If your pet has a microchip, make sure that the new family has all the information they need to change the microchip information. Provide the adopter with Great Plains SPCA’s information and invite them to use us as a resource. We are happy to assist with the transition between homes.


Use the Internet
Facebook groups or can be great tools for rehoming your pet, but only if it is done correctly with your pet’s safety in mind. If you chose to use to rehome your pet, you can use the code RCXHAQTL2U8AD8Z to have the listing fee waived. rehome


As the current owner, you will know your pet’s needs better than shelter staff ever could, and the pet gets to hang out at home with you until s/he finds a forever home! How do you know if your pet will be safe? The answer is to screen, screen, screen! Ask for their vet’s information and call to make sure their former and current pets are medically being taken care of. If you want, do a home visit. Make sure the adopter can legally have your animal– city breed restrictions and renter’s agreements should lay out what kind of animal can live there. Call the property manager to find out if renters are allowed to have your animal. Use a copy of our Dog or Cat Adoption Survey as a tool for screening questions to ask. Make sure all of these expectations are clearly expressed on the posting as adoption requirements.

If you have exhausted all other options and surrendering your pet feels like the best next step, you may apply to surrender your pet.

Surrender Fees
We charge a fee to help cover some of the costs of caring for surrendered pets. Our surrender fees are as follows:

  • If your pet is current on vaccines and altered – $100.
  • If your pet is current on vaccines but not altered (or vice versa) – $125.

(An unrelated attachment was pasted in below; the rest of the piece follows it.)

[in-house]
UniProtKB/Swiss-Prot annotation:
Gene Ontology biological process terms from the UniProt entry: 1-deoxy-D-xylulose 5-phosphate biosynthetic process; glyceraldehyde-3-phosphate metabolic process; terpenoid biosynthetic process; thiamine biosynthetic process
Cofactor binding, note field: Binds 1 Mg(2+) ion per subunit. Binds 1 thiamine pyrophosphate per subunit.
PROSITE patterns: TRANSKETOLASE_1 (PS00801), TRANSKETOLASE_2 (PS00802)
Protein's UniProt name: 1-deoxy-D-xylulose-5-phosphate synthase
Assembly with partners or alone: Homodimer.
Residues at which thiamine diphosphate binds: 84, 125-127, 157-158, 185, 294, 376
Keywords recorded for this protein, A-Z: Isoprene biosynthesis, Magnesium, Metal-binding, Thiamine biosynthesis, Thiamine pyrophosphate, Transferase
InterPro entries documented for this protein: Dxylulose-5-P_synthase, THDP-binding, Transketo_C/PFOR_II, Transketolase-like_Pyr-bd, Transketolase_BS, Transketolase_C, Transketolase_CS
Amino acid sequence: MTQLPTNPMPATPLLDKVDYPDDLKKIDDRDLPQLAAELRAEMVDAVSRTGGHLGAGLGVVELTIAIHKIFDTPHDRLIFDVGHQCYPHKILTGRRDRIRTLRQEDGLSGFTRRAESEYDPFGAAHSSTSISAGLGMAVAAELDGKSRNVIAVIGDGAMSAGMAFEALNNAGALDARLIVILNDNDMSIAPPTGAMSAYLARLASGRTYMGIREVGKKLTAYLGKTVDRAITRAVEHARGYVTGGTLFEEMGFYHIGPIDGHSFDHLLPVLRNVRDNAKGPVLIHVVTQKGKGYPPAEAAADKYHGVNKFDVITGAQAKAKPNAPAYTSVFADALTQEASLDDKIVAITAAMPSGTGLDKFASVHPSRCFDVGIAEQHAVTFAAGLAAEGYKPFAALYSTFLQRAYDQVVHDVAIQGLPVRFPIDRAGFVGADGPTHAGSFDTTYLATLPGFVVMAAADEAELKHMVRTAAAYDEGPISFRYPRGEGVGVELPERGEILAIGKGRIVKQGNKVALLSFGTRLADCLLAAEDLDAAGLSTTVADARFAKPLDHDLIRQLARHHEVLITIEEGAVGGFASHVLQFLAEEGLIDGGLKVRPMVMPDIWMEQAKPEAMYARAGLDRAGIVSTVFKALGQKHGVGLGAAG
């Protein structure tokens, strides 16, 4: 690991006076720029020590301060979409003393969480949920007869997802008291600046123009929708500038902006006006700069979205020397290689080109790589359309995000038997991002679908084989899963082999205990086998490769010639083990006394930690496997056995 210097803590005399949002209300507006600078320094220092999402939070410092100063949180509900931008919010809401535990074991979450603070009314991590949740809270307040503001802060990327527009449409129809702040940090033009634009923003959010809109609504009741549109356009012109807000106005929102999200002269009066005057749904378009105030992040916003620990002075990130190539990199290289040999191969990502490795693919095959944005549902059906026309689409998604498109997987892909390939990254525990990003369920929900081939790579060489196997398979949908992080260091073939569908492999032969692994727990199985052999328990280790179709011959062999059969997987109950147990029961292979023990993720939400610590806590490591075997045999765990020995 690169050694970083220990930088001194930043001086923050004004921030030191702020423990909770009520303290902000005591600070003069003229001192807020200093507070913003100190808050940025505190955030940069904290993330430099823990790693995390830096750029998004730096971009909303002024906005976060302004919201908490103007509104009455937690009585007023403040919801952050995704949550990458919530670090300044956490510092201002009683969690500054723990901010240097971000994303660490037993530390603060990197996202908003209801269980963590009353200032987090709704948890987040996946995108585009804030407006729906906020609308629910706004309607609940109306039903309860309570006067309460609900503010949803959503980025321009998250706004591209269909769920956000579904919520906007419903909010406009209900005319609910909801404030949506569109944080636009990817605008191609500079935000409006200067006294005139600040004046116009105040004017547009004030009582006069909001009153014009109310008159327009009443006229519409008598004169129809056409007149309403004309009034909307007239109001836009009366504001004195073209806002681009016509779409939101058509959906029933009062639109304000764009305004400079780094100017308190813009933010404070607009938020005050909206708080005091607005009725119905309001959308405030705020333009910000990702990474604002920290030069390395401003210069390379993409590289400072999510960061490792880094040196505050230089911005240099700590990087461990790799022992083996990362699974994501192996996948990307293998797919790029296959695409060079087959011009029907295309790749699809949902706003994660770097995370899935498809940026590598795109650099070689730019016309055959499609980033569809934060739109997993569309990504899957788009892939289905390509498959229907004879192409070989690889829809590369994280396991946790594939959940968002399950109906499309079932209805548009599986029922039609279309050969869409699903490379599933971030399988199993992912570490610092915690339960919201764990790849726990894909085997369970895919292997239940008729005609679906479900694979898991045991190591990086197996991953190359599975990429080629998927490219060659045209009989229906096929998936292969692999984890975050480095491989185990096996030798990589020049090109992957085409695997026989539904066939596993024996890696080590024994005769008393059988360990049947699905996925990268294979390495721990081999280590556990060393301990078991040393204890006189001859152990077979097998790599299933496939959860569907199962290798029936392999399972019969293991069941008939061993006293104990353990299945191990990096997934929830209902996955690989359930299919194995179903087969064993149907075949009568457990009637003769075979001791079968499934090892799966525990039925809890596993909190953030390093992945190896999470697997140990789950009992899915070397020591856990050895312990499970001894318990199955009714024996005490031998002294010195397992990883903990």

• If your pet is not current or altered – $150.
  • If your pet needs dental work or extra medical care – $200+
  • Litters of puppies/kittens – $75 for the first one and $15 per littermate after that.

We are a private, non-profit shelter that does not euthanize for time or space. Because of this, we operate on a by-appointment-only basis for both stray and owned animals. We often have a waiting list, so you will likely have to wait for a period of time before you surrender your pet. This can be several days to a few weeks, depending on available space.  

If you would like to start the process of surrendering an animal to us, please click on the appropriate surrender questionnaire below. A member of our team will be in contact with you. We appreciate your patience while waiting for a response during this time. We will not consider your surrender request or make an appointment unless you have submitted a completed application. We do not accept every pet that is presented for surrender. We will consider your pet’s medical needs and how your pet will react to the shelter environment. In addition, all cats must test negative for feline leukemia because Kansas law prohibits us from offering cats for adoption if they have this disease.

If you have found a lost animal that you cannot hold onto, do not bring it to Great Plains SPCA. Chances are the pet has a family that is searching desperately for it, and the steps you take next will help them be reunited as quickly as possible.

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Great Plains SPCA

Stop before you surrender!

Our shelter is full and we are out of space for large dogs—we have only 17 kennels and must prioritize space for our contracted Animal Control partners.

At capacity for large dogs